Oskar Morgenstern and the Game Theory

Oskar Morgenstern (1902-1977)

Oskar Morgenstern (1902-1977)

On January 24, 1902, German-American economist and mathematician Carl Friedrich Alfred Oskar Morgenstern was born. Morgenstern popularized “game theory” which mathematically analyzes behaviour of man or animals in terms of strategies to maximize gains and minimize losses. He coauthored Theory of Games and Economic Behavior (1944), with John von Neumann, which extended Neumann‘s 1928 theory of games of strategy to competitive business situations.

“As far as the use of mathematics in economics is concerned, there is an abundance of formulas where such are not needed. They are frequently introduced, one fears, in order to show off. The more difficult the mathematical theorem, the more esoteric the name of the mathematician quoted, the better.” –Oskar Morgenstern, from Limits of the Use of Mathematics in Economics

Oskar Morgenstern was born in Görlitz, Silesia, Germany. His mother was said to be an illegitimate daughter of Emperor Frederick III of Germany. Morgenstern grew up in Vienna, Austria, where he also went to university. In 1925 he graduated from the University of Vienna and got his PhD in political science. From 1925 until 1928 he went on a three year fellowship financed by the Rockefeller Foundation, at the end of which he published Economic Forecasting (1928). After his return in 1928 he became a professor in economics at his alma mater the University of Vienna until his visit to Princeton University in 1938. At Vienna, he published his Frontiers of Economic Policy in 1934.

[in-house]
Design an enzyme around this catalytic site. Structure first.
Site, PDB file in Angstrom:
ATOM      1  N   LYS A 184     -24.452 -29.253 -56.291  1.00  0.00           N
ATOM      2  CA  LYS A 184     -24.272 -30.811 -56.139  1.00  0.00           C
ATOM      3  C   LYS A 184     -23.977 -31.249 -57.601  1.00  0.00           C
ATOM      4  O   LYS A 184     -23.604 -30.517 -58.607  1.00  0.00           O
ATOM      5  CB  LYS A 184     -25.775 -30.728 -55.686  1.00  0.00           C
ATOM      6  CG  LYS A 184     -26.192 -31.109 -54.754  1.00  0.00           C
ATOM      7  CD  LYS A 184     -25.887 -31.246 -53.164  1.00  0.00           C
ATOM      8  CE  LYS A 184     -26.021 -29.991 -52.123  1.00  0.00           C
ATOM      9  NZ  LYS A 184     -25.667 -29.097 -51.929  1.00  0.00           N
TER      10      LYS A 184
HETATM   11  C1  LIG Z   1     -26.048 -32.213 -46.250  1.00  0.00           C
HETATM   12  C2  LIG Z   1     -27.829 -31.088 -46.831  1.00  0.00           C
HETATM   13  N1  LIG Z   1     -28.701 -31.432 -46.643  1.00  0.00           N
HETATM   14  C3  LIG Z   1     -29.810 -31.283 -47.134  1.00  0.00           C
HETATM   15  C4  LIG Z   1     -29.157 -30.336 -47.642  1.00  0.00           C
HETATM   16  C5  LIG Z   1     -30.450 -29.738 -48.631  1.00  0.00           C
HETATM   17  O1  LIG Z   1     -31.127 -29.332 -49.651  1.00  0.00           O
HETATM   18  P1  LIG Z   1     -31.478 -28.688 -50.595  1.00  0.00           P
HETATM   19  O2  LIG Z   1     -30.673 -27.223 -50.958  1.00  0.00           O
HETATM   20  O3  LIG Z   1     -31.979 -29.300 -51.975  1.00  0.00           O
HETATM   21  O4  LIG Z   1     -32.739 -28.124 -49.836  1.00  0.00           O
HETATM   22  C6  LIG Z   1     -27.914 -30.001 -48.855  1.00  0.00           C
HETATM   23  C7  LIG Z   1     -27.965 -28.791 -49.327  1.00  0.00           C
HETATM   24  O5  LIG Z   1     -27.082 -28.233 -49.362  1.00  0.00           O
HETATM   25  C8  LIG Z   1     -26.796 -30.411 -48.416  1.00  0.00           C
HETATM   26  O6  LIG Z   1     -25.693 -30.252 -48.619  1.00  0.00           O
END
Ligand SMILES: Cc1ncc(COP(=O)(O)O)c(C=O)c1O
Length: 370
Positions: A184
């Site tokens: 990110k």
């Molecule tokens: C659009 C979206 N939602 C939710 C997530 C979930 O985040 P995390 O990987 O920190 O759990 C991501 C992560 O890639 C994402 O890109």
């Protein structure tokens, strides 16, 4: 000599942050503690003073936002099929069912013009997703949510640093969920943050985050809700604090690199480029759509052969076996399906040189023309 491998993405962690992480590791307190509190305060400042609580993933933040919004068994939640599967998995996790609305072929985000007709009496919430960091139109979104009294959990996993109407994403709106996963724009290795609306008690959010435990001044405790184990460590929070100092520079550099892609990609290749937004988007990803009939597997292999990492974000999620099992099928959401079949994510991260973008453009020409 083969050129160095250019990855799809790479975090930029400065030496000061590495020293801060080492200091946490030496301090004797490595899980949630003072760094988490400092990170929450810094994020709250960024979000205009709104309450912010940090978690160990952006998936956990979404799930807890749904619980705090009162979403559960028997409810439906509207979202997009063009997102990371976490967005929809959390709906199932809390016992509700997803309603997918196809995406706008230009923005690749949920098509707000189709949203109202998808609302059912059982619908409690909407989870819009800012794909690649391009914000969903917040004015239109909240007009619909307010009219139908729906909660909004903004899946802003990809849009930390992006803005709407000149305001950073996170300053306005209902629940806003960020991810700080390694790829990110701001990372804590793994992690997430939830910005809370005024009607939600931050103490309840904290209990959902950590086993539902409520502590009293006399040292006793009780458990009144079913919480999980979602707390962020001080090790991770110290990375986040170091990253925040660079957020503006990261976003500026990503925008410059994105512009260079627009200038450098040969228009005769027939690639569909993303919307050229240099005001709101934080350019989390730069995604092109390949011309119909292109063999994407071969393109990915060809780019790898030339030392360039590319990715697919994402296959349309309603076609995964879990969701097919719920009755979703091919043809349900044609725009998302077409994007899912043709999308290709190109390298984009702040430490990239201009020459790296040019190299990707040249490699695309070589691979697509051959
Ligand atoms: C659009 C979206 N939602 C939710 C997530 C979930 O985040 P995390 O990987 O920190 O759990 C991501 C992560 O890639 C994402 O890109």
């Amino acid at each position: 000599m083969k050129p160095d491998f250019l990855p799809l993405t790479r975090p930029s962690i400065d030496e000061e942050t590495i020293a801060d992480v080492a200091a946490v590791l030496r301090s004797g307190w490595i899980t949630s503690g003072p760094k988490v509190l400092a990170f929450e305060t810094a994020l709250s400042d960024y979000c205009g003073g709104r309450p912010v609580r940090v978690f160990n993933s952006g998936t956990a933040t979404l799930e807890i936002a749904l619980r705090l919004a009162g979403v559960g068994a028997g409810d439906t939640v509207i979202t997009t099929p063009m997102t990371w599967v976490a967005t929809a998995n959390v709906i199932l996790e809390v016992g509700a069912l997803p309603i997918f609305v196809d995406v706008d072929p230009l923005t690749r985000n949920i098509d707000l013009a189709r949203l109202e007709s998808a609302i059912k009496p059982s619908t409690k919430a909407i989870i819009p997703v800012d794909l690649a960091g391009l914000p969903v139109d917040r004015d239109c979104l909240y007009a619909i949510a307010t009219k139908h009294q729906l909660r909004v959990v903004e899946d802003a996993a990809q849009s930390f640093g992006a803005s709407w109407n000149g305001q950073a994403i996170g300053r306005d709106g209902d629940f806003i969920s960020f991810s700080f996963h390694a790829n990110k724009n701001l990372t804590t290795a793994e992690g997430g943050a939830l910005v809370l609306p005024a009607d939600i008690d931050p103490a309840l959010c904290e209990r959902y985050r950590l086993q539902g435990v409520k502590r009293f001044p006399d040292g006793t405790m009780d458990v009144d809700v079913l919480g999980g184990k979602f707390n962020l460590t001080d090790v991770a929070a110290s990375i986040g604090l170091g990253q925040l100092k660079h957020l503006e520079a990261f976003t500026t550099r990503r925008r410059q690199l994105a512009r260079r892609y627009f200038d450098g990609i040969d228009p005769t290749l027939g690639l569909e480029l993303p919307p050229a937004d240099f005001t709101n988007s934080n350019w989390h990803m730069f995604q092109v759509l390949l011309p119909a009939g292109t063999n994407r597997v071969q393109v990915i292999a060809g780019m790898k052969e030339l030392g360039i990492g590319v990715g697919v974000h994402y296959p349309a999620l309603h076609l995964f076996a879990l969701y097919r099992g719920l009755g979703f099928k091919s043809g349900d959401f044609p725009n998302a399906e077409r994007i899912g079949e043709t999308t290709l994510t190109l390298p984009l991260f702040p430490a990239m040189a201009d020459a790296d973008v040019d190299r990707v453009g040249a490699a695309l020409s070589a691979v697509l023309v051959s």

In 1935 Oskar Morgenstern published the article Perfect Foresight and Economic Equilibrium, after which his colleague, Eduard Čech, pointed him to an article of John von Neumann, Zur Theorie der Gesellschaftsspiele (1928). During Morgenstern‘s visit to Princeton University in 1938, Austria was incorporated into Nazi Germany and Morgenstern decided to remain in the United States. He would even remain in the country for the rest of his life, becoming a naturalized citizen in 1944. Morgenstern soon received a promotion to full professor at Princeton but gravitated toward the Institute for Advanced Study. There, he met the John von Neumann and they collaborated to write their famous Theory of Games and Economic Behavior, published in 1944, which is recognized as the first book on game theory.[4] Game Theory is a mathematical framework for the study of strategic structures which govern rational decision-making in certain economic, political and military situations. This book applied John von Neumann‘s theory of games of strategy to competitive business situations.

The collaboration between economist Morgenstern and mathematician von Neumann led to the birth of entirely new areas investigation in both mathematics and economics. These have attracted widespread academic and practical interest since that time. Morgenstern wrote many other articles and books, including On the Accuracy of Economic Observations (1950), and Predictability of Stock Market Prices (1970) with subsequent Nobel laureate Clive Granger. After retiring from Princeton in 1970, Morgenstern accepted a professorship in economics at New York University, where he would remain until his death in 1977.

At yovisto academic video search, you can learn more about Game Theory in the lecture of Tim Roughgarden from Stanford University on Algorithmic Game Theory.

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